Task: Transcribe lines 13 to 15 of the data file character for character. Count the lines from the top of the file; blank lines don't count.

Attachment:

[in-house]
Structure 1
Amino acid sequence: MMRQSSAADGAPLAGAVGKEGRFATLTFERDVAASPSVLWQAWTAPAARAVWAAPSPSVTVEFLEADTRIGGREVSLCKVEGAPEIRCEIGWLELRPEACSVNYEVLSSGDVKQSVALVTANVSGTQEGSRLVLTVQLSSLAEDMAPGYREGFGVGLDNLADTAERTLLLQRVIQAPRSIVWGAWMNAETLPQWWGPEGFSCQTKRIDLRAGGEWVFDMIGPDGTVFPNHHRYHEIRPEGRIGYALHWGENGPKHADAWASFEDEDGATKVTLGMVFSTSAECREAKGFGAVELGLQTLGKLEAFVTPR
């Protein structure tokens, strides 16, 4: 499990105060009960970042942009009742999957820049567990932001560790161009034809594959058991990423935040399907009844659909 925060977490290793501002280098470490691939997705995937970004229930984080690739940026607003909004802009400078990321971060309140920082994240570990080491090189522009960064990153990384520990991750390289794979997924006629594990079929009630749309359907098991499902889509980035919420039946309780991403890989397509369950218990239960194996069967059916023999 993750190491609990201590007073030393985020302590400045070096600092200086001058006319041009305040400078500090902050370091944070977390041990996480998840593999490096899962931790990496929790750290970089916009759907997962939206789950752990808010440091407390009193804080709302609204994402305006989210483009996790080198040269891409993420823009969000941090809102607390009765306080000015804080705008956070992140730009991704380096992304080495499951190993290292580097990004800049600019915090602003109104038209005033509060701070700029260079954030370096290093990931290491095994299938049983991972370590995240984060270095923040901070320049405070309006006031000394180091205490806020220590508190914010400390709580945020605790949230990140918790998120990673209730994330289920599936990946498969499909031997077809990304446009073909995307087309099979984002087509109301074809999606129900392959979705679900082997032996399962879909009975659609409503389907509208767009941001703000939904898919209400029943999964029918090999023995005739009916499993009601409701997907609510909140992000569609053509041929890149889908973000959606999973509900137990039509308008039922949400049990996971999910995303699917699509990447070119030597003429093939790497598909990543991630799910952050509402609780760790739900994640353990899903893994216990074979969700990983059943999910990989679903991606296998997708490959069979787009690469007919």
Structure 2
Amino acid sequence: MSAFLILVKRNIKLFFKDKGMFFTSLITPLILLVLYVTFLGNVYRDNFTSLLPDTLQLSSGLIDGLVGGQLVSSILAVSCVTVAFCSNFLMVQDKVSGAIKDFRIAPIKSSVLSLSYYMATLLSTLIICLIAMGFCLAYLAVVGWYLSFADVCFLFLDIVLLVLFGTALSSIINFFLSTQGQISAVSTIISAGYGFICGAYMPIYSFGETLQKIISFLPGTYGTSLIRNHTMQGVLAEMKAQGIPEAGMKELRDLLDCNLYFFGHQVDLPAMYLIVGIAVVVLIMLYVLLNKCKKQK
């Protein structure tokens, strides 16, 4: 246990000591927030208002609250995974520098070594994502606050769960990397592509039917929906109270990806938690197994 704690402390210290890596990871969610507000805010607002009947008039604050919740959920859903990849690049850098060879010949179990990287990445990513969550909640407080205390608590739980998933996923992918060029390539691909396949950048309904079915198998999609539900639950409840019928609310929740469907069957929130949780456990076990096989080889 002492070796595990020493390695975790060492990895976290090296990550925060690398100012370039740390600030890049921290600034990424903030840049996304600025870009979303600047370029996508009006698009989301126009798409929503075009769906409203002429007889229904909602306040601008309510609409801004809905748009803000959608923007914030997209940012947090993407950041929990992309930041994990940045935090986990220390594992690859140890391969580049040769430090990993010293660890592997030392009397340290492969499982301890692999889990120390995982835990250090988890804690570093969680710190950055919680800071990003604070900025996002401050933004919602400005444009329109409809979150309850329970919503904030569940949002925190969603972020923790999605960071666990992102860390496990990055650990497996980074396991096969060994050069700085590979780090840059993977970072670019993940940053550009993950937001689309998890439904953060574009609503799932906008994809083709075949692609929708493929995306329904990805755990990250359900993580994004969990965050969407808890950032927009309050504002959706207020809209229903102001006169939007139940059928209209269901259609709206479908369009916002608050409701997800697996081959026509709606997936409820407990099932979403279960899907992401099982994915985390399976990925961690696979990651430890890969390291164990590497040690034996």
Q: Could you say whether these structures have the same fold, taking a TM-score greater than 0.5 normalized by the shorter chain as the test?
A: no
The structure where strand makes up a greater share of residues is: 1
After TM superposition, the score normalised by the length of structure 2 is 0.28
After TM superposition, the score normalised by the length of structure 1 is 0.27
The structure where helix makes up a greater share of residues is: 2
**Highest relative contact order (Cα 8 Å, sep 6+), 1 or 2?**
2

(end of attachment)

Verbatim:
The structure where helix makes up a greater share of residues is: 2
**Highest relative contact order (Cα 8 Å, sep 6+), 1 or 2?**
2